Sunday, March 26, 2017

An FPGA SDR HF Transceiver, Part 3 -- Interpolation and Decimation Filters

In this third blog post in my FPGA SDR Transceiver series, I will discuss the FPGA implementation of the Receiver's Decimation Filter and the Transmitter's Interpolation Filter.

(Part 2 of this series is here:  Part 2)

But before I begin, let me again acknowledge Dick Benson, W1QG.  Dick is the father of this design, and although I've made some modifications to the FPGA logic, the underlying architecture and the vast majority of the Simulink implementation is Dick's.

Receiver Decimation Filters:

The receiver must reduce its incoming RF sample rate of 80 MHz down to the final, Audio, sample rate of 9765.625 Hz -- a decimation factor of 8192.

The Decimation Filter stage provides the anti-aliasing filters (and the sub-samplers) required to perform this down-sampling without aliasing artifacts.

Within the receiver architecture, the Decimation Filters lie just after the first set of mixers that down convert the RF signal to the Weaver Demodulator's IF frequency (in SSB mode this IF frequency would typically be between 1000 and 2000 Hz, depending upon the bandwidth of the information filter).

(Click on image to enlarge)

Note that this down-converted data into the Decimation Filter block is still being clocked at an 80 MHz rate. 

Within the FPGA Simulink Model's Top Level, the Receiver's Decimation Filters are the subsystem block circled in yellow, below:

(Click on image to enlarge)

Opening this subsystem block, we see three subsystems, consisting of two different filters and an Overload Detect circuit:
  1. CIC Filter (Cascaded-Integrator-Comb Filter)
  2. Decimating Filter
  3. Overload Detect
(Click on image to enlarge)

The filtering process begins with the CIC stage and finishes with the Decimating Filter stage (note that the CIC stage is also a decimating filter, despite the name assigned to the second stage of this filtering).

Let's look at the CIC Filter (named "CIC D64" and circled in yellow, below).

Receive CIC Filter:

(Click on image to enlarge)

The CIC filter reduces the sample rate from 80 MHz to 1.25 MHz, a factor of 64.  Although the CIC filter is an efficient, straightforward architecture, it is not used for the entire decimation process (from RF to the Audio sample rate) for two reasons: the filter's response is not flat -- passband attenuation increases with frequency -- that is, the response "droops" with frequency, and also there are aliasing components due to "spectrum foldover" from the decimation process (a good article: Understanding Cascaded-Integrator-Comb Filters, and other articles are listed at the end of this blog post.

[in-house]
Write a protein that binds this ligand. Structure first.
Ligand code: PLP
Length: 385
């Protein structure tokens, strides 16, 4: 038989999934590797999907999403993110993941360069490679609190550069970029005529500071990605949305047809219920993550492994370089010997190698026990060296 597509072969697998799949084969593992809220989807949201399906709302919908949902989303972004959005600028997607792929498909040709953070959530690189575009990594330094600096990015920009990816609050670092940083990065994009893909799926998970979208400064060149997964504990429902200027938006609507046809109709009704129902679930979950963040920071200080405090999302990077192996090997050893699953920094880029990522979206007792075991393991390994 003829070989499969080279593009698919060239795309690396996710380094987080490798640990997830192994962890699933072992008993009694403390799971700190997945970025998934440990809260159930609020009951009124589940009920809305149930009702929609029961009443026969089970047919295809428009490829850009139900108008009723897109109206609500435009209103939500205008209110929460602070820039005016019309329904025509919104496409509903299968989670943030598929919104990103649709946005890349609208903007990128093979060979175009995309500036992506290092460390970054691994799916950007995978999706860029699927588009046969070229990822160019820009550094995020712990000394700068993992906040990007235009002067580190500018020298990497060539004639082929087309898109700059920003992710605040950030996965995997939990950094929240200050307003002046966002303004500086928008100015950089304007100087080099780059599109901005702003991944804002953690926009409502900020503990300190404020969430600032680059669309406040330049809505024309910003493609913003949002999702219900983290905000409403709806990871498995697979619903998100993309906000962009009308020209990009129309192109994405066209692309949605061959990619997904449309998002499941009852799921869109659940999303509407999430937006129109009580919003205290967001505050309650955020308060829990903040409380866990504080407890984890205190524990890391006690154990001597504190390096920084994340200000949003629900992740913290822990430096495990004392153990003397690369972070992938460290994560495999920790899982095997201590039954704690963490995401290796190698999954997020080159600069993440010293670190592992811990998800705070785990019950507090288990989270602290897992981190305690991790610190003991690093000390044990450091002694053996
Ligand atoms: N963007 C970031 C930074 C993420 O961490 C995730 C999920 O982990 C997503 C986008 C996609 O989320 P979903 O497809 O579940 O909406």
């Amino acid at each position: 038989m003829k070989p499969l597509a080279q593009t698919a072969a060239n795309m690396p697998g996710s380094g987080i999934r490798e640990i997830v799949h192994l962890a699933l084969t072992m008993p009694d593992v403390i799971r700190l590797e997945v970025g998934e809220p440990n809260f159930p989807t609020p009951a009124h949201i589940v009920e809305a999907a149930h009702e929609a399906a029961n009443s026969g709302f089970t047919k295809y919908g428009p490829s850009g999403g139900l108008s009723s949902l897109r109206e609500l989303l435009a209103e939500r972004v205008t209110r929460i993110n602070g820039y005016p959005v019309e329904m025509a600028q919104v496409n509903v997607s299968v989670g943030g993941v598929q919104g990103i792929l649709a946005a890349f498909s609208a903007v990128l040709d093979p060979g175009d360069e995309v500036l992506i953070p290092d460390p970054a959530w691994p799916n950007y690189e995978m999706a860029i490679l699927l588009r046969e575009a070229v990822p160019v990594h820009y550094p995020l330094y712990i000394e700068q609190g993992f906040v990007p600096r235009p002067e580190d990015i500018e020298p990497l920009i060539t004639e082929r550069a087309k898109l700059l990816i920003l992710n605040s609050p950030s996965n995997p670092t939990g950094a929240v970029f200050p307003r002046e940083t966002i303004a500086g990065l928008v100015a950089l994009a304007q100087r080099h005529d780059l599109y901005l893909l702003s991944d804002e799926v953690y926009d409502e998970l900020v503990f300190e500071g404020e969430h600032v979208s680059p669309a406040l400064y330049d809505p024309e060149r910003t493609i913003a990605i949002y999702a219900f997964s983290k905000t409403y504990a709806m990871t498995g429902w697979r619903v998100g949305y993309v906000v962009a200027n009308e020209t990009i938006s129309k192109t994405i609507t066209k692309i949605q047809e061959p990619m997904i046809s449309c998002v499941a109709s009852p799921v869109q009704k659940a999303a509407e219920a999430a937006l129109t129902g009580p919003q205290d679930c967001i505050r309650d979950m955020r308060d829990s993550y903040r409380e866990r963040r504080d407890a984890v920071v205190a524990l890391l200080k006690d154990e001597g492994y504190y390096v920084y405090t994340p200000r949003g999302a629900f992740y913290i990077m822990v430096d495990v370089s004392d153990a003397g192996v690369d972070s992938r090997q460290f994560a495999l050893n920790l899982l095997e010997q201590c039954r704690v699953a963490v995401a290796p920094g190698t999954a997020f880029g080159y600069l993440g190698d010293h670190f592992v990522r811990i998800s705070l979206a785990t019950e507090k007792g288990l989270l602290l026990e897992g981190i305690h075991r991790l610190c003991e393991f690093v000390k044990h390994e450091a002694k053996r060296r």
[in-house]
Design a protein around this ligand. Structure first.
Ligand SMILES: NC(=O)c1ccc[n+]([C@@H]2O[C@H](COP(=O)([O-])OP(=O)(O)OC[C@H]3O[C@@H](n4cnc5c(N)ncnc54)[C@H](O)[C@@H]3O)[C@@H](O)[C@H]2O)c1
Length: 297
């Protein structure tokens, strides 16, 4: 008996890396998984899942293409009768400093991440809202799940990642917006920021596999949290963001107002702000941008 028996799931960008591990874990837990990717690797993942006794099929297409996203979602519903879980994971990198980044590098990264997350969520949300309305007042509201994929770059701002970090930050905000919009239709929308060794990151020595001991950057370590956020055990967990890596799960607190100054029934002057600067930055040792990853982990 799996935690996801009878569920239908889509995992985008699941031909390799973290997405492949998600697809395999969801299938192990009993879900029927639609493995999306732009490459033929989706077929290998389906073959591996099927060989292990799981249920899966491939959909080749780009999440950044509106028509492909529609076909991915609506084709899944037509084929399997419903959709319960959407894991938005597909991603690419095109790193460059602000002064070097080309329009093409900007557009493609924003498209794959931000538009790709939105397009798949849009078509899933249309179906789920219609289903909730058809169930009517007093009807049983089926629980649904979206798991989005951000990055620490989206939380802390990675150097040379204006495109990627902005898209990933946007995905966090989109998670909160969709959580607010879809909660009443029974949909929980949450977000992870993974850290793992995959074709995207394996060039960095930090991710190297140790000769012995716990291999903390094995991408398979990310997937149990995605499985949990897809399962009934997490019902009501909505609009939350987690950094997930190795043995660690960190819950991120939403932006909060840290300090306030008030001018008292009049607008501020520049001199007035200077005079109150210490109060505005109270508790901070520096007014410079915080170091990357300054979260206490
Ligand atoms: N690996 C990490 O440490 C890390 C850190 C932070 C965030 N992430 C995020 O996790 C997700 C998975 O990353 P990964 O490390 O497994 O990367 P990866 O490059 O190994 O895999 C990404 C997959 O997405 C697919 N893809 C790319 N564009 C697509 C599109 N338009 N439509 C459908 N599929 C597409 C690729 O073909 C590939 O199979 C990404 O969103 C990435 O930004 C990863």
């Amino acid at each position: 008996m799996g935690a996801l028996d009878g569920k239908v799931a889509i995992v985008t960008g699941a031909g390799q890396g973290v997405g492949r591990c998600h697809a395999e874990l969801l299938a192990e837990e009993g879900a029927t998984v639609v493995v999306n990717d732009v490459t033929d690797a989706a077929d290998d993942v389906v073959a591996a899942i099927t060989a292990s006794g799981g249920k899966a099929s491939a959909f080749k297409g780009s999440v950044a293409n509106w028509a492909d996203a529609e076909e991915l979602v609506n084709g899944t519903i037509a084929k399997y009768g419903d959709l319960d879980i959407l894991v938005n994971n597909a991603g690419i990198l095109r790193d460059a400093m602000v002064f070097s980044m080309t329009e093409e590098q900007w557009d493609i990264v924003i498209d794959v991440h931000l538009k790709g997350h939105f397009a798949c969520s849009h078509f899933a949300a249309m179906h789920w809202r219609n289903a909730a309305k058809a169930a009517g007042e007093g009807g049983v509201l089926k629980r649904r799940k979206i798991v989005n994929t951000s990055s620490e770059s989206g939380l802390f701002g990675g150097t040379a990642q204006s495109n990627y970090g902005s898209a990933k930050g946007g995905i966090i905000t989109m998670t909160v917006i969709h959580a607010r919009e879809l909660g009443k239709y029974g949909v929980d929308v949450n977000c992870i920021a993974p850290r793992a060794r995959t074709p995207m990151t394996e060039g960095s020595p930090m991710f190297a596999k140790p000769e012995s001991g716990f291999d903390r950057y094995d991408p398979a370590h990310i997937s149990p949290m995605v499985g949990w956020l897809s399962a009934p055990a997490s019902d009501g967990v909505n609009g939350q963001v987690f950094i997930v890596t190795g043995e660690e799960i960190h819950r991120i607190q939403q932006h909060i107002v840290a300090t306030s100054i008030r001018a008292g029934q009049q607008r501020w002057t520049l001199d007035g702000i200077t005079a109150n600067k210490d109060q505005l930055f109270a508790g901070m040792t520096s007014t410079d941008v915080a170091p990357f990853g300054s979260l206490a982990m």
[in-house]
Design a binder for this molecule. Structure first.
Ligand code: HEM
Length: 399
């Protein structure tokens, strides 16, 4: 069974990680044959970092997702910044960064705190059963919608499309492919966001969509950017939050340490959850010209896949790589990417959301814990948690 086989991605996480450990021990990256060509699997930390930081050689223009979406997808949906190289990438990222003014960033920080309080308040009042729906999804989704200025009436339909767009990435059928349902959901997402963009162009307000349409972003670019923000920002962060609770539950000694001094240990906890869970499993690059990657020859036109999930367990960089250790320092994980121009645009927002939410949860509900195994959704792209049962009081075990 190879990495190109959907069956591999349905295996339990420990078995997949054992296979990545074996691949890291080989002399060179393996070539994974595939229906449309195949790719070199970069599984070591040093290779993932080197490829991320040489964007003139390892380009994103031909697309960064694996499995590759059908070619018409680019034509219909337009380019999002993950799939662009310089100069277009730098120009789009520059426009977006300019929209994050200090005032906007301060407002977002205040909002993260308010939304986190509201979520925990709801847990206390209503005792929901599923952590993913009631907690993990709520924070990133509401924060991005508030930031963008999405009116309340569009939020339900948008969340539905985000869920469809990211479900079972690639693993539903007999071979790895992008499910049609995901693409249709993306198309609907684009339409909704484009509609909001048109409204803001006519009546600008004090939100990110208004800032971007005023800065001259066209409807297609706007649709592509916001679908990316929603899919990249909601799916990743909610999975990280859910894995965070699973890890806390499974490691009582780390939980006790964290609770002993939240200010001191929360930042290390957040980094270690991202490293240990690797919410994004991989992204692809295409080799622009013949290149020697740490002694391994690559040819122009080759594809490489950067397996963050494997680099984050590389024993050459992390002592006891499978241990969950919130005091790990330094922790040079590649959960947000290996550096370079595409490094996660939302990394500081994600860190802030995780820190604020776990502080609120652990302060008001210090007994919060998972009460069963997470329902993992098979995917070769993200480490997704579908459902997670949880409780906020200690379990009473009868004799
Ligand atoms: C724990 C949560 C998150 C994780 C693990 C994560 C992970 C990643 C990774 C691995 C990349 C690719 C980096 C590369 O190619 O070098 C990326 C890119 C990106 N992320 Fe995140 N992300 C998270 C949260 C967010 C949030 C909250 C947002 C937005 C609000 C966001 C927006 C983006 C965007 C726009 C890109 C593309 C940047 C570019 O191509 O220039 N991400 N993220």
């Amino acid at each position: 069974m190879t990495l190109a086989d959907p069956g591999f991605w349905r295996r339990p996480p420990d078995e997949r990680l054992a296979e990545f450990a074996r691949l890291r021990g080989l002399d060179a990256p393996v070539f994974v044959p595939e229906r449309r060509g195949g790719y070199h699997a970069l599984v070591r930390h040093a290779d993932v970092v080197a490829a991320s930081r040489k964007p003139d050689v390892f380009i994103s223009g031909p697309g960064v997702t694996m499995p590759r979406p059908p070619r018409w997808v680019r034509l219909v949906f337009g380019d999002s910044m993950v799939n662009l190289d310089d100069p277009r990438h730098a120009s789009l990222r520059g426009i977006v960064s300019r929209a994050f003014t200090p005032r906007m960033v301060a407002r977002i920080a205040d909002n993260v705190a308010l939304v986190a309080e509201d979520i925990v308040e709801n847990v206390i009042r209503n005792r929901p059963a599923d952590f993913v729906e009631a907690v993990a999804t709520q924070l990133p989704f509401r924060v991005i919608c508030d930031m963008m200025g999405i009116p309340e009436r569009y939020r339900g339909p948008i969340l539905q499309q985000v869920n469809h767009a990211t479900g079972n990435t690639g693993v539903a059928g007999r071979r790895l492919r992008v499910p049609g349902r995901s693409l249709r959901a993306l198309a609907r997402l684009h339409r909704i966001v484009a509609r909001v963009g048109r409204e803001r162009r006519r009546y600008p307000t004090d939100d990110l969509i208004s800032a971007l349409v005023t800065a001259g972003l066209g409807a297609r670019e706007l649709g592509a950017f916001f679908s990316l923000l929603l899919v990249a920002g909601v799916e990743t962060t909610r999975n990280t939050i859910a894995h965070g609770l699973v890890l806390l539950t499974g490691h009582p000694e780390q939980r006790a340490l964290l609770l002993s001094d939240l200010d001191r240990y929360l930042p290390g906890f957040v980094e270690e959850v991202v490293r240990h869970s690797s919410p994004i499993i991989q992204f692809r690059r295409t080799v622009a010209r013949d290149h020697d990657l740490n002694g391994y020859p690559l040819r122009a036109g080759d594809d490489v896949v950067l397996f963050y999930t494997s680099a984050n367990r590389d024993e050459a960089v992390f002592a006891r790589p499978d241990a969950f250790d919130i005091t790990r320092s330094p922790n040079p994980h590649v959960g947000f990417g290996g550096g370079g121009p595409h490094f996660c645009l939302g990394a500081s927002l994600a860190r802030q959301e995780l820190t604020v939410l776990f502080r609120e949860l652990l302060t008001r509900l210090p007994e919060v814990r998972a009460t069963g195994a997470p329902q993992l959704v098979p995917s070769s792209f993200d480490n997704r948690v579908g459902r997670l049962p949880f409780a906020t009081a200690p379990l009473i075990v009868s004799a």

Thus, the CIC filter's decimation is kept to 64.

Opening the "CIC D64" subsystem:

(Click on image to enlarge)

On the left side we have a CIC Decimation filter in the I channel and a CIC Decimation filter in the Q channel.  At the filter's output, Dick has added 4 different levels of digital gain (0, 6, 12, and 18 dB) that can be selected by the user.

And finally, there is an overload detector (on the I channel only) to detect if CIC gain is too large.

The CIC Decimation filters are implemented using Xilinx CIC blocks.  Looking "under the mask" of one of the CIC Decimation filters, we see its implementation:

(Click on image to enlarge)

Note that the CIC Filter subsystem only reduced the sample rate by a factor of 64 (you can see that this rate-change occurs in the middle of the CIC implementation, between the Integrator and the Comb stages).  We still need to reduce the sample rate by an additional factor of 128 to achieve our final Audio sample rate.

This additional filtering is accomplished by the next subsystem block we will look at.

Decimating Filter:

Dick has given this filter a mouthful of a name -- "Decimating Filter DC Optimized in Accumulator Plus Pipelined Stage Control. Improved dynamic  range."  For ease of typing, I will simplify its name to "Bit-Serial Decimating Filter".  It is outlined below, in yellow:

(Click on image to enlarge)

Typically in a decimating system, a CIC filtering stage is followed by a Compensation Filter which will compensate for the CIC's passband droop and also improve frequency rejection.  In this receiver, passband-droop is minimized by limiting the amount of decimation performed by the CIC filter (a factor of 64, in this case).

Thus, because the CIC Filter's output sample rate is still quite high (1.25 MHz) compared to our final Audio sample rate at 9765.625 Hz, the CIC Filter's droop in the 0-4883 Hz range of frequencies (representing the final maximum Audio output bandwidth) is negligible and thus no droop-compensation is necessary.

But further low-pass filtering and down-sampling is still required to reduce the sample rate from 1.25 MHz to 9765.625 Hz.

This filtering could be accomplished with off-the-shelf Xilinx FIR Intellectual Property, but there is a drawback in doing so -- these filters can suck up quite a bit of the FPGA logic fabric.

And that is the beauty of Dick's "Bit-Serial Decimating Filter" design -- it is a very hardware-efficient architecture, so it uses much less FPGA logic fabric than usual Decimating Filter architectures.

But it isn't just the filter's hardware efficiency that makes it such an elegant design.  An additional benefit is that this single filter block can decimate its input signal by any power of two.  In this receiver, this "Bit-serial Decimating Filter" block decimates its input by a factor of 128.

In a nutshell, of all the logic blocks that define this transceiver, it is this filter's structure that most of all allowed Dick to squeeze in TX and RX functionality into the low-cost Xilinx XC3S500E FPGA.

(Click on image to enlarge)

Let's look more closely at this filter.  The heart of Dick's design is a clever IIR low-pass filter implemented using what is known as the Peled-Liu Filter architecture.

Peled-Liu Filter Architecture:

Abraham Peled and Bede Liu described a filter architecture that required no hardware multipliers in their paper, "A New Hardware Realization of Digital Filters," Peled and Liu, IEEE Transactions on Acoustics, Speech, and Signal Processing, December, 1974.